Copyright © 2021 Albuquerque Journal
They can come home again.
An amendment this week to the state’s “COVID-Safe Practices for Intercollegiate Sports” guidelines has opened the door for college sports teams in New Mexico to again practice in the state, contingent on strict testing protocols remaining in place.
The amendment was posted online and confirmed to the Journal via email when asked by a spokeswoman of Gov. Michelle Lujan Grisham. No formal announcement was made by the state or either university until after news broke of the new rule.
The most impactful change in this week’s amended guidelines – officially dated Jan. 18 – was under the practice section, which essentially eliminated a clause that previously prohibited teams from practicing if the county in which the university is located had a COVID-19 case count placing that county in “red” status. Until recent weeks, almost every county in New Mexico – and still today both Bernalillo (UNM) and Doña Ana (NMSU) counties – were in “red” status.
The amendment does not yet allow for home games and does not have any impact on youth or high school sports.
UNM and NMSU’s men’s and women’s basketball teams – and the Lobo football team last fall – relocated out of the state in order to practice and play games this season.
“The state appreciates the partnership and communication with the state’s universities, as well as their commitment to protecting public health and safety, and we look forward to our continued efforts to work together,” Nora Meyers Sackett, press secretary for the governor, wrote in an email to the Journal.
The public dialogue between Santa Fe and the state’s universities on the topic of playing sports in a pandemic hasn’t always been upbeat, and Lujan Grisham wrote letters both to NCAA President Mark Emmert and to each of the state’s universities in the summer warning of the dangers of playing sports.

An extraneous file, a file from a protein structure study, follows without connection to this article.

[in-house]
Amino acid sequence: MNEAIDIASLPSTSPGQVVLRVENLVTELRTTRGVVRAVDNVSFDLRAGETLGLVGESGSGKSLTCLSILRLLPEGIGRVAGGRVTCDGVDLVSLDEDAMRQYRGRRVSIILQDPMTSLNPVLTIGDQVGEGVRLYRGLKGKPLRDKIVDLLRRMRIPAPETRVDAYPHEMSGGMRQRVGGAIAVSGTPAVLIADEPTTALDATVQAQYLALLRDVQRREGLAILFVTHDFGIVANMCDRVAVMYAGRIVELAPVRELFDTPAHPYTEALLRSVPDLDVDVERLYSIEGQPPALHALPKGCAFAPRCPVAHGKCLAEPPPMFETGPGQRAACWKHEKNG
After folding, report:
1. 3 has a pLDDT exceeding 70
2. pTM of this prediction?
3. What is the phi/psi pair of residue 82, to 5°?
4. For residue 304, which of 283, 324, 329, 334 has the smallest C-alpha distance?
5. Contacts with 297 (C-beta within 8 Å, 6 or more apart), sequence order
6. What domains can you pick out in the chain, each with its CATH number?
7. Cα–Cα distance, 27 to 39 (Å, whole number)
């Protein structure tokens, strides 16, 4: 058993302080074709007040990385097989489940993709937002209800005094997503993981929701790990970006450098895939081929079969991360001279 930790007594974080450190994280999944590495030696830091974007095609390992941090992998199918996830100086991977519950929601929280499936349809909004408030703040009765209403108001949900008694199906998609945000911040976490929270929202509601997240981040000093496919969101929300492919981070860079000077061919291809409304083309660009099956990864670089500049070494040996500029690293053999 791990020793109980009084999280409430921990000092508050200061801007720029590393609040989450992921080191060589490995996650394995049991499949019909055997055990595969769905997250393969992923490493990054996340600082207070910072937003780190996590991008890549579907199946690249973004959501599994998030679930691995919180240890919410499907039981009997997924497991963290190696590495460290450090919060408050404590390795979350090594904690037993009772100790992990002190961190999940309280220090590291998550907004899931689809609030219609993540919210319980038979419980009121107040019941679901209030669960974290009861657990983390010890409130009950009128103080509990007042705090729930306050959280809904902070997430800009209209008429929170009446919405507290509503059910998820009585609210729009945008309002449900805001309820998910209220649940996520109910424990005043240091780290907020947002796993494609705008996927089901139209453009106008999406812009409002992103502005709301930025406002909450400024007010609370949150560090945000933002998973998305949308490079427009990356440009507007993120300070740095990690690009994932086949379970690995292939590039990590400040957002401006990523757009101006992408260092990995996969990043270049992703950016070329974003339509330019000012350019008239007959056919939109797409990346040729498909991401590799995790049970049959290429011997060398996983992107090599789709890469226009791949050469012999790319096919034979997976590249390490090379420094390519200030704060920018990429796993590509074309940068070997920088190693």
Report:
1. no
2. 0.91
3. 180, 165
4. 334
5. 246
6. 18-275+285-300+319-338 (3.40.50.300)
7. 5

But with the news on Tuesday came a more celebratory, optimistic tone.
UNM athletic director Eddie Nuñez said that while he cannot yet estimate how much relocations of the three programs will cost, for now he is just happy the department’s athletes can proceed with their sports safely in Albuquerque.
“It’s really gratifying to know that they’re going to have the chance to do it,” Nuñez said. “… I do want to stress how appreciative we are of everyone in the governor’s office – Gov. Lujan Grisham, (Higher Education Secretary) Stephanie Rodriguez, the chief of staff, Dr. (David) Scrase – everybody who’s had a part in allowing us to be able to put our information on the table and have that dialogue.
“And, honestly, it was bigger than just UNM. It was the opportunity to have that conversation and help UNM and all the state higher ed institutions.”
Not game time yet
While practices are a go, home games at both the college and professional level remain off limits.
The newest guidelines for both college and pro sports include the identical following language:
“For a game, competition or scrimmage to occur … (the college or pro team) must be located and playing in a county with a 14-day average daily case count of fewer than eight per 100,000 and a test positivity rate of under five (5) percent 14 days prior to the scheduled contest.”
Last week, the Journal reported that the addition of professional sports to the guidelines dated Jan. 6 allows for teams like New Mexico United to practice if adhering to the same testing protocols the universities have been adhering to since October. At the time, college teams were still barred from having practices.